by Hunter Johnson
Julie Andrews, the original Mary Poppins, has returned to theaters. She’s in Aquaman.
But I’m not reviewing “Aquaman,” instead I’m taking a look at “Mary Poppins Returns,” with Emily Blunt as the titular character.
From Rob Marshall, director of musicals such as “Chicago” and “Into the Woods,” “Mary Poppins Returns” revives the character that has been in the hearts of families across the world since 1964.
Emily Blunt, having already worked with Marshall in “Into the Woods,” continues to prove her brilliance as an actress as Mary Poppins. She pays tribute to Julie Andrews’ original performance and brings her own flair to the screen.
The film oozes with childlike wonder and magic. From the scene where the characters travel to an animated world reminiscent of classic 1960s Disney films to the scene where Lin-Manuel Miranda does a nostalgic chimney sweep dance, “Mary Poppins Returns” never fails to astonish.
Speaking of Lin-Manuel Miranda, this film is only made better by the presence of the Broadway star and creator of the hit “Hamilton.” His instinctive knack for childlike playfulness complements Emily Blunt’s similarly engaging character. His lack of film work doesn’t inhibit him from bringing his stage presence directly to the fun character of Jack. He’s perfect for the role and he’s perfect for Rob Marshall’s stage-like directing style.
Rob Marshall has always had an innate love for the stage, but he’s one of the few directors that has been able to successfully adapt stage productions into films. Both “Chicago” and “Into the Woods” have a general feeling of a stage show while also taking advantage of technical abilities of film that would otherwise be impossible to incorporate on stage. “Mary Poppins Returns” is no different.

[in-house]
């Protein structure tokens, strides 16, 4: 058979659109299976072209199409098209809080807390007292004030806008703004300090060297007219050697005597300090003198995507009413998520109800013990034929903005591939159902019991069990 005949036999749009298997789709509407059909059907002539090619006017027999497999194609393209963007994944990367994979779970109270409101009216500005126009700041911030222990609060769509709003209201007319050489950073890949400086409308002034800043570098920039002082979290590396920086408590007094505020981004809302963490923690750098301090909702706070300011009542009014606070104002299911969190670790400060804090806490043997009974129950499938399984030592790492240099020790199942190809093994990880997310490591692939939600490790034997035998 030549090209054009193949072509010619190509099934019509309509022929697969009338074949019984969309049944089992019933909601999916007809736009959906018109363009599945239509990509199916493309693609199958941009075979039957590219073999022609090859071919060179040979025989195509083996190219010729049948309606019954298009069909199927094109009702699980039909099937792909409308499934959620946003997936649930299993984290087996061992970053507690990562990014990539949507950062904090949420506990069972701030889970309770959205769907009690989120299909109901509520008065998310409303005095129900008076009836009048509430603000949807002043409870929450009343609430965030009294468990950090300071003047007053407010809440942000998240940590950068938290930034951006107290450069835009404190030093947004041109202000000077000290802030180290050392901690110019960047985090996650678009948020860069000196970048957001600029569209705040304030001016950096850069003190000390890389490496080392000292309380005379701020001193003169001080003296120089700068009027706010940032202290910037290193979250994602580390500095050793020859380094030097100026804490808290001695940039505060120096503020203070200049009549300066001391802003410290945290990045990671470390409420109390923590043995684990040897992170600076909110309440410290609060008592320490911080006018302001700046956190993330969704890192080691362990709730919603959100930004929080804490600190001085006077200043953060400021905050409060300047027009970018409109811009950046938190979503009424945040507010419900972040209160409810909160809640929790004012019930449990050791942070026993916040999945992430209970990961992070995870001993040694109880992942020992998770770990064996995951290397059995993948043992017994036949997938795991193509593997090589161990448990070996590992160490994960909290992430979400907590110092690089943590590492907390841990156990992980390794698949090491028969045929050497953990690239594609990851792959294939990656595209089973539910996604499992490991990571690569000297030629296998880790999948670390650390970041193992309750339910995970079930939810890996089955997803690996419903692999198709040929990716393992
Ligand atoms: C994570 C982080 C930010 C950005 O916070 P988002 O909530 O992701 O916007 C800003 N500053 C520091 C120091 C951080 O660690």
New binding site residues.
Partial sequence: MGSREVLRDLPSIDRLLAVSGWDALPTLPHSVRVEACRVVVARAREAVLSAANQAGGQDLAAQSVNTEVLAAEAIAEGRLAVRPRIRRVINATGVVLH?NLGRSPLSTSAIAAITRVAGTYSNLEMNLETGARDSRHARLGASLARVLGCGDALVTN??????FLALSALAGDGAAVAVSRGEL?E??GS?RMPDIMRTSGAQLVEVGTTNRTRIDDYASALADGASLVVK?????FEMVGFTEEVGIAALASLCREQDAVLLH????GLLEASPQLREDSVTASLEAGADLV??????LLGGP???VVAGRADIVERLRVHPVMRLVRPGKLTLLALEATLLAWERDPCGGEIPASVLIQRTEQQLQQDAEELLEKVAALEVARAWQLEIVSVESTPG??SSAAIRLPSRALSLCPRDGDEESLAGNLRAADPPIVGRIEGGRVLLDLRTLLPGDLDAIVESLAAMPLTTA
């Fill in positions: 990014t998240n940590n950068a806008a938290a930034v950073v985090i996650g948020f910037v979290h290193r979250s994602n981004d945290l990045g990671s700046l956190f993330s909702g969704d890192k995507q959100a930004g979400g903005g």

While the original “Mary Poppins” was not a stage show, its large musical numbers and dance sequences were reminiscent to musical theater. For this sequel, Rob Marshall has brought back that stage-like style, with its own brand-new original songs and dance numbers. It all works so wonderfully and acts as a love-letter of sorts to classic musical filmmaking of the 1950s and 60s.
The new original songs feel like classic Disney numbers that have been around for ages. They remind audiences of their childhood, with songs like “A Cover is Not the Book” staying in their heads for weeks, if not months or years.
The film is fantastically cast as a whole with the three Banks children all very-well performed, but a particular standout is Ben Whishaw, playing the now grown-up Michael Banks. In such a busy and fast-paced film, Whishaw gives a well-needed nuanced and heartbreaking performance as the recently widowed and emotionally compromised Michael Banks. His intimate song, “A Conversation,” is the first sign in the film that this is more than just a fun family film. It has real heart and a deeper meaning to it all.
“Mary Poppins Returns” may not be perfect from a critical standpoint—it has a generally predictable plot and it rehashes many sequences from the original film—but at a certain point, a critical viewing of a film doesn’t really matter when it brings pure joy back into audience’s hearts.
This film reminds audiences of why they loved Disney in the first place. It revives the childlike wonder found in classic films like “Lady and the Tramp,” “101 Dalmatians,” and “The Aristocats.” And in an age where films only seem to take place in modern day and filmmakers feel that the only way to relate to kids is by including modern jokes and references to pop culture, it’s refreshing to see a film as timeless as this one.
Hunter Johnson is a sophomore theatre major and an arts and entertainment writer for Cedars. He spends his time acting on stage, reading and watching Star Wars, and occasionally doing homework.